Re: OCL challenge



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Tony Simons (a.simons@dcs.shef.ac.uk)
Wed, 20 Dec 2000 10:56:18 +0000 (GMT)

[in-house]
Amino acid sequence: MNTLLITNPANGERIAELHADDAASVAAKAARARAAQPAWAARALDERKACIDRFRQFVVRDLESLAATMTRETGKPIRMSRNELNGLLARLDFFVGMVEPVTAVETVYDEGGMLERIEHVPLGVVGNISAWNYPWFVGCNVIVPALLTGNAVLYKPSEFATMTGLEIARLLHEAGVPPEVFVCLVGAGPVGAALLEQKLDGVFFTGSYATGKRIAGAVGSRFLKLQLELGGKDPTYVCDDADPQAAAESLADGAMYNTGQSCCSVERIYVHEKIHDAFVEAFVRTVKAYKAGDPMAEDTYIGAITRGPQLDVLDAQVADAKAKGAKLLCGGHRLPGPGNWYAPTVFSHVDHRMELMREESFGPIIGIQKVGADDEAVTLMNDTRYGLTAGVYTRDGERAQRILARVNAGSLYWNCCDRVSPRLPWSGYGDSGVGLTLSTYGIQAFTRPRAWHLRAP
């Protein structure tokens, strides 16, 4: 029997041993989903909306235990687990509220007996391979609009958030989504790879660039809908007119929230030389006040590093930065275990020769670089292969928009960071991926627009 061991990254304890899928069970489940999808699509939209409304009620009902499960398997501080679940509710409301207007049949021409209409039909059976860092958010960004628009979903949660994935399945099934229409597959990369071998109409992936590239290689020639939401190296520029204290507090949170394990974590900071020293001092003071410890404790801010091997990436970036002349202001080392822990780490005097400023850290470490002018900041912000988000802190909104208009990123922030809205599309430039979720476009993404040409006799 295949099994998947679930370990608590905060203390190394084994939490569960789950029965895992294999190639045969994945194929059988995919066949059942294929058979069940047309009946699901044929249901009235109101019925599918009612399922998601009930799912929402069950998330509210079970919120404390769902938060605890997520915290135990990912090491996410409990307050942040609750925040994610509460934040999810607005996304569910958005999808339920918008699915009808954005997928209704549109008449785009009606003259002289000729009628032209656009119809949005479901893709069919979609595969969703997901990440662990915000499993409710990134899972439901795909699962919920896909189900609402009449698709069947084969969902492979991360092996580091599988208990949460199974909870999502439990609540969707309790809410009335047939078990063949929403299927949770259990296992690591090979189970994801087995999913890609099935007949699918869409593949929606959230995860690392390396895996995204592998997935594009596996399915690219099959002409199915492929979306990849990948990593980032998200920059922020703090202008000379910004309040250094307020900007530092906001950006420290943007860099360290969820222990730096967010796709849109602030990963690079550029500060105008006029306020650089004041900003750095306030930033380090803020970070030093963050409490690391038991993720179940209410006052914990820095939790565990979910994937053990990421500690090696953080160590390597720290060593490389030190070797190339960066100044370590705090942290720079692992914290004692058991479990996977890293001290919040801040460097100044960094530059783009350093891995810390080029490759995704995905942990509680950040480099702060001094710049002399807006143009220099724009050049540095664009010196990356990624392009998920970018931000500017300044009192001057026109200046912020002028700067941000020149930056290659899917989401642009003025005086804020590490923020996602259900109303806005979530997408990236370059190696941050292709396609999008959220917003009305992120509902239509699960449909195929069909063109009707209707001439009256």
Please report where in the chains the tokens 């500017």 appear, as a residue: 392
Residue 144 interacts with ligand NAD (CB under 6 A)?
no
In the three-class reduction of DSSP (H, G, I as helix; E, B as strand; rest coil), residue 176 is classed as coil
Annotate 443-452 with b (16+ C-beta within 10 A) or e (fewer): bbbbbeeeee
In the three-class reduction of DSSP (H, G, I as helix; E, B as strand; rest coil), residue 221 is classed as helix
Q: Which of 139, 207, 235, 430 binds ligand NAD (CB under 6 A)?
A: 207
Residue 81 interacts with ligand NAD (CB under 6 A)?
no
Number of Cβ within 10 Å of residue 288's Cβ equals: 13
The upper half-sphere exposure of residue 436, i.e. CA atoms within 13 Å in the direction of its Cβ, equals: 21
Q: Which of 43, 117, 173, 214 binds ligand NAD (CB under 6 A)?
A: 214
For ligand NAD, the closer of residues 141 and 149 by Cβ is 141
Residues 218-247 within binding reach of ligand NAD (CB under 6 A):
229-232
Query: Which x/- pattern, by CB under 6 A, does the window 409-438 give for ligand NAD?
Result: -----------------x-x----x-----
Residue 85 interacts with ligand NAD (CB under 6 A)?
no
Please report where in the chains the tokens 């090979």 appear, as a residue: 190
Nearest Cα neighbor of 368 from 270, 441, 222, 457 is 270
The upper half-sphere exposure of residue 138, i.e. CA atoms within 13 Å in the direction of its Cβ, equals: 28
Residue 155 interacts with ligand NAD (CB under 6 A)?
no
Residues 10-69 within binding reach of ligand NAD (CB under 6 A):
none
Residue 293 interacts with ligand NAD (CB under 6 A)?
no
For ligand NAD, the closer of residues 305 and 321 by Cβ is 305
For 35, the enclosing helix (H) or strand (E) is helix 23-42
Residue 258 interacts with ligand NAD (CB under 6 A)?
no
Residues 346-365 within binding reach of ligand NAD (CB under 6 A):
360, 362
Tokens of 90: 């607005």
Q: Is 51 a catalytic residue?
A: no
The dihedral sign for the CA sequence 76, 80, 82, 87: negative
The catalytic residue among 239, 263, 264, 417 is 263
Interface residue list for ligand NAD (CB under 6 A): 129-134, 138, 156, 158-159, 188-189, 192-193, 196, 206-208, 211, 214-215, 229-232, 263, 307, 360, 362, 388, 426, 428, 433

Daniel, You're right in your supposition that, for some set-valued attribute p of an object x, the expression: x.p.q is really OCL shorthand for: x.p->collect(p : P | p.q) although I would prefer to distinguish x.p the set from p the iteration variable (I assume you rebind p in the iteration). The fundamental flaw in OCL in my view is that by semantically merging/confusing single-valued and set-valued access paths in expressions like x.p.q, this causes the knock-on problem that you cannot distinguish methods of elements from methods of sets. OCL "fixed" this by introducing a spurious syntactic distinction p->q to mean "the set's method" rather than p.q to mean "the result of mapping q over every element of the set p". This is a syntactic kludge to fix a more important semantic fault. I argued this case vociferously when OCL was being defined, and talked to the Dutch team who wrote the book. The counter-argument was that developers preferred the shorthand over having to use explicit mapping and filtering methods. I still don't think that's a good reason for kludgy semantics. A better example is Shipman's DAPLEX language for defining OO databases. In this, he distinguishes single-valued from multi-valued functions: father->age father->>children such that expressions like: father->>children->age have an implicit sense of mapping age over each child and collecting the set result. Here, the syntax difference reflects the semantic difference directly, unpacking each child in the returned set. The ->> had both the sense of visually indicating a set-valued result and of implicitly implying a "for all" quantification in the path expression. Since this was for databases, the results of queries were always either single objects, or flattened sets of objects. You could then use (my own suggestion here): father->children to refer to the SET explicitly, such that: father->children->size were instantly meaningful. OK, you OCL hackers, how about it then? --Tony ========================================================================== Dr Anthony J H Simons a.simons@dcs.shef.ac.uk Lecturer in Computer Science http://www.dcs.shef.ac.uk/~ajhs Director of Teaching Department of Computer Science tel: (+44) 114 22 21838 University of Sheffield dept: (+44) 114 22 21800 Regent Court, 211 Portobello Street fax: (+44) 114 22 21810 SHEFFIELD, S1 4DP univ: (+44) 114 22 22000 United Kingdom ==========================================================================


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